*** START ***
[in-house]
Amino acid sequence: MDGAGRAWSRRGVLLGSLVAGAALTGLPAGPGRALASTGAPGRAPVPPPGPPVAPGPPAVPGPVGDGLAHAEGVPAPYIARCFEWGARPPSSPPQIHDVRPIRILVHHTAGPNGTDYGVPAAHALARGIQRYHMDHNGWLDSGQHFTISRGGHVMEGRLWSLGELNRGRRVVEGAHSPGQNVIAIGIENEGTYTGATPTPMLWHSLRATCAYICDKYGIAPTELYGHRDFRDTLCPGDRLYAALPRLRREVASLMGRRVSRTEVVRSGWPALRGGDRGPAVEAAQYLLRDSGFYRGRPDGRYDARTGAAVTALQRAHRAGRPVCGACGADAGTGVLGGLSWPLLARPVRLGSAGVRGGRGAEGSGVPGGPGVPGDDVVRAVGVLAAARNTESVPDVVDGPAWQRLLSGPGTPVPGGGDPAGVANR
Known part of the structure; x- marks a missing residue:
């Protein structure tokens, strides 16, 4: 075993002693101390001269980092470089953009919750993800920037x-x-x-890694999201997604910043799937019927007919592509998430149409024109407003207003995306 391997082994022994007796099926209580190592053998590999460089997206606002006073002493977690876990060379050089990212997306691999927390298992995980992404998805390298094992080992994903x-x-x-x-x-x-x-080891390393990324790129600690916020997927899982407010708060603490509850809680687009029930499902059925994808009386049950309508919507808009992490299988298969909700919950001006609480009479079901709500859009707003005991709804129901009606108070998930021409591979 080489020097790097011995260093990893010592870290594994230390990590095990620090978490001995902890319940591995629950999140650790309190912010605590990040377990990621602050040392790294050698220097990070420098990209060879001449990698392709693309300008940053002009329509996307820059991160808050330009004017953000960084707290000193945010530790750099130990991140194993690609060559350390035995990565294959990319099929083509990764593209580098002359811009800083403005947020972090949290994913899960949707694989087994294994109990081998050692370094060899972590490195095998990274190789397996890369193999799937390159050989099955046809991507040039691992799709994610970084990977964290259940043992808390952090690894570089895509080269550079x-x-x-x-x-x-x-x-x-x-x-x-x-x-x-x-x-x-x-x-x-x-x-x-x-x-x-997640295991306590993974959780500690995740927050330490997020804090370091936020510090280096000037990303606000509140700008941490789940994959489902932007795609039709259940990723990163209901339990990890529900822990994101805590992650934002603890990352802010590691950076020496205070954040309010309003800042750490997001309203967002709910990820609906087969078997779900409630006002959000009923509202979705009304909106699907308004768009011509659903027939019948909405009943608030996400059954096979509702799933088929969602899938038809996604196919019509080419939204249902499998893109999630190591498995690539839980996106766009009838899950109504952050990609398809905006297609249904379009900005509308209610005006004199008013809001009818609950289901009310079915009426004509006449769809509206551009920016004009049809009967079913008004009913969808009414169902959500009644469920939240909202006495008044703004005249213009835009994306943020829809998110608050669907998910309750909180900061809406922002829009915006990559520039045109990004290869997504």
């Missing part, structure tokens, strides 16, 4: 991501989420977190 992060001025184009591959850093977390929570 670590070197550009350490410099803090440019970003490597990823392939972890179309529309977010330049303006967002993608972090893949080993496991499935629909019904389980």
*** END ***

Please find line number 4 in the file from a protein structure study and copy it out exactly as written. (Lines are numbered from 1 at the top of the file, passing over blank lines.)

């Protein structure tokens, strides 16, 4: 075993002693101390001269980092470089953009919750993800920037x-x-x-890694999201997604910043799937019927007919592509998430149409024109407003207003995306 391997082994022994007796099926209580190592053998590999460089997206606002006073002493977690876990060379050089990212997306691999927390298992995980992404998805390298094992080992994903x-x-x-x-x-x-x-080891390393990324790129600690916020997927899982407010708060603490509850809680687009029930499902059925994808009386049950309508919507808009992490299988298969909700919950001006609480009479079901709500859009707003005991709804129901009606108070998930021409591979 080489020097790097011995260093990893010592870290594994230390990590095990620090978490001995902890319940591995629950999140650790309190912010605590990040377990990621602050040392790294050698220097990070420098990209060879001449990698392709693309300008940053002009329509996307820059991160808050330009004017953000960084707290000193945010530790750099130990991140194993690609060559350390035995990565294959990319099929083509990764593209580098002359811009800083403005947020972090949290994913899960949707694989087994294994109990081998050692370094060899972590490195095998990274190789397996890369193999799937390159050989099955046809991507040039691992799709994610970084990977964290259940043992808390952090690894570089895509080269550079x-x-x-x-x-x-x-x-x-x-x-x-x-x-x-x-x-x-x-x-x-x-x-x-x-x-x-997640295991306590993974959780500690995740927050330490997020804090370091936020510090280096000037990303606000509140700008941490789940994959489902932007795609039709259940990723990163209901339990990890529900822990994101805590992650934002603890990352802010590691950076020496205070954040309010309003800042750490997001309203967002709910990820609906087969078997779900409630006002959000009923509202979705009304909106699907308004768009011509659903027939019948909405009943608030996400059954096979509702799933088929969602899938038809996604196919019509080419939204249902499998893109999630190591498995690539839980996106766009009838899950109504952050990609398809905006297609249904379009900005509308209610005006004199008013809001009818609950289901009310079915009426004509006449769809509206551009920016004009049809009967079913008004009913969808009414169902959500009644469920939240909202006495008044703004005249213009835009994306943020829809998110608050669907998910309750909180900061809406922002829009915006990559520039045109990004290869997504």